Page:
At my current customer we recently deployed SharePoint 2013 search, but we don’t seem to get any search suggestions in the search box, thus search-as-you-type in the search box never show anything.
Before diving into the reason behind it all, the solution is to add &clienttype=ContentSearchRegular to all search REST/API calls where you know you will do custom rendering of the result and have no intention to implement the RecordPageClick event when users click on of the result items.
The scenarioWhen users run search queries and click results, those clicks are recorded back to SharePoint. Once a certain query term have been ran at least six times where an item is clicked, the term is added to the list of query suggestions served by the search box on a search center.
These suggestions help future users to formulate better queries and to get better search results.
The problemBy default a SharePoint tenant will be able to log result clicks for 65.000 items per day. This can be found by the following PowerShell command:
which will yield the following output:
QLogEnabled : True CleanupDays : 365 LoggingPercent : 100 TenantDailyLimit : 65000
Here you see the 65.000 daily limit and the logging percent means it will log all queries coming in. If you set it to 50%, about half of the requests will not be made available for logging.
So what do I mean by made available for logging? When you run a search query a property is returned in the result set named piPageImpression. The value of this property is essential for RecordPageClick to work. If it’s missing no result clicks are logged.
With five calls on the home page alone and 10.000 employees hitting the intranet every time they open their browser, those 65.000 id’s are quickly spent before a single user manage to navigate to the search page and record a proper search click. By the time coffee kicks in for a random employee the FAST search engine is no longer service out piPageImpression id’s and any clicks on results is moot (from a record query suggestion perspective).
The hacky solutionTell your SP admin to crank up the value of QueryLogSettings to be able to generate more piPageImpression id’s per day.
The proper solutionI first noticed the piPageImpression value was missing for some queries. Next I reflected some SharePoint dll’s and figured piPageImpression was required to record page clicks. So what piece of code generated this value for the search result set? And why did I miss it in the production environment, but was seeing the value in stage, test and development environments? Some more digging led me to the internal Microsoft.Office.Server.Search.Query.QueryProcessor.RecordPageImpression method. A bit down in the function SharePoint checks if client type is 14, 15 or 25, and in those three cases it will NOT generate a piPageImpression id, which is what we want.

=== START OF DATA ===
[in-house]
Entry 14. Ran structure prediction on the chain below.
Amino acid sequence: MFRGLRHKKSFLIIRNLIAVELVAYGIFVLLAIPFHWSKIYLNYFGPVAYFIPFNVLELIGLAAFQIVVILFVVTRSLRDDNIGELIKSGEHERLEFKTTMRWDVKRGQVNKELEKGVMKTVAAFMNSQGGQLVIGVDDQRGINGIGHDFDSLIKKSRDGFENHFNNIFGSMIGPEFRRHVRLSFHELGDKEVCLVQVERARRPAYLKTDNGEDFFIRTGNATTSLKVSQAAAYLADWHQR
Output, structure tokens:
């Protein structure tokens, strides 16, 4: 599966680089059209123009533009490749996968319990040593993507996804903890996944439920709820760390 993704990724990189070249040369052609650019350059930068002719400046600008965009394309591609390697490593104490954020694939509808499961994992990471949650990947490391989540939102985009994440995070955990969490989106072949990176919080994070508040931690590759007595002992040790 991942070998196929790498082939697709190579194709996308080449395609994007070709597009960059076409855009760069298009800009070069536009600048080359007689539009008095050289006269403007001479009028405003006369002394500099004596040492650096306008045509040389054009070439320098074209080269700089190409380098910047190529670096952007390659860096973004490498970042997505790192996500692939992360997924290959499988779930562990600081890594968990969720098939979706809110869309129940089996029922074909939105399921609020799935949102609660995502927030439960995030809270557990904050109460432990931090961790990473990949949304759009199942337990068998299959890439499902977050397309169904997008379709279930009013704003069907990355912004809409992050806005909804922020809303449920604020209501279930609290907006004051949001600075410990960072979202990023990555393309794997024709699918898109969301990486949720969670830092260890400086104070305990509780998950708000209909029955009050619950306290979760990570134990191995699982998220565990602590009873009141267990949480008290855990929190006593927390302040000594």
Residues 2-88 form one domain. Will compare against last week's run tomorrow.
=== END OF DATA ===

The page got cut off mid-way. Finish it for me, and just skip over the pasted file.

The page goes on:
If you have used the SharePoint 2013 Query tool you might have noticed a drop down list for Client Type.
But how do these names correlate to 14, 15 and 25? Open SQL Management studio, point it to your Search DB and run the following SQL command
select id, name from dbo.MSQLogClientType order by id
and you will get a list of all the names with associated id’s. The description of each one can be found at https://msdn.microsoft.com/en-us/library/ff386740%28v=office.12%29.aspx
- 14 = ContentSearchHigh
The search query is sent from a Content Search Web Part where the priority is set to "high".
- 15 = ContentSearchRegular
The search query is sent from a Content Search Web Part where the priority is set to "regular".
- 25 = Monitoring
This value MUST NOT be used.
Since the doc says NOT to use Monitoring, I figured using ContentSearchRegular as your default client type value is the way to go. When you are using the API to search you are in many ways mimicking the CSWP and thus this is the client value to use. If you are creating a custom search result page, then my all means send in something smart like MyCustomer, but then it’s your responsibility to also implement RecordPageClick when a user clicks a result.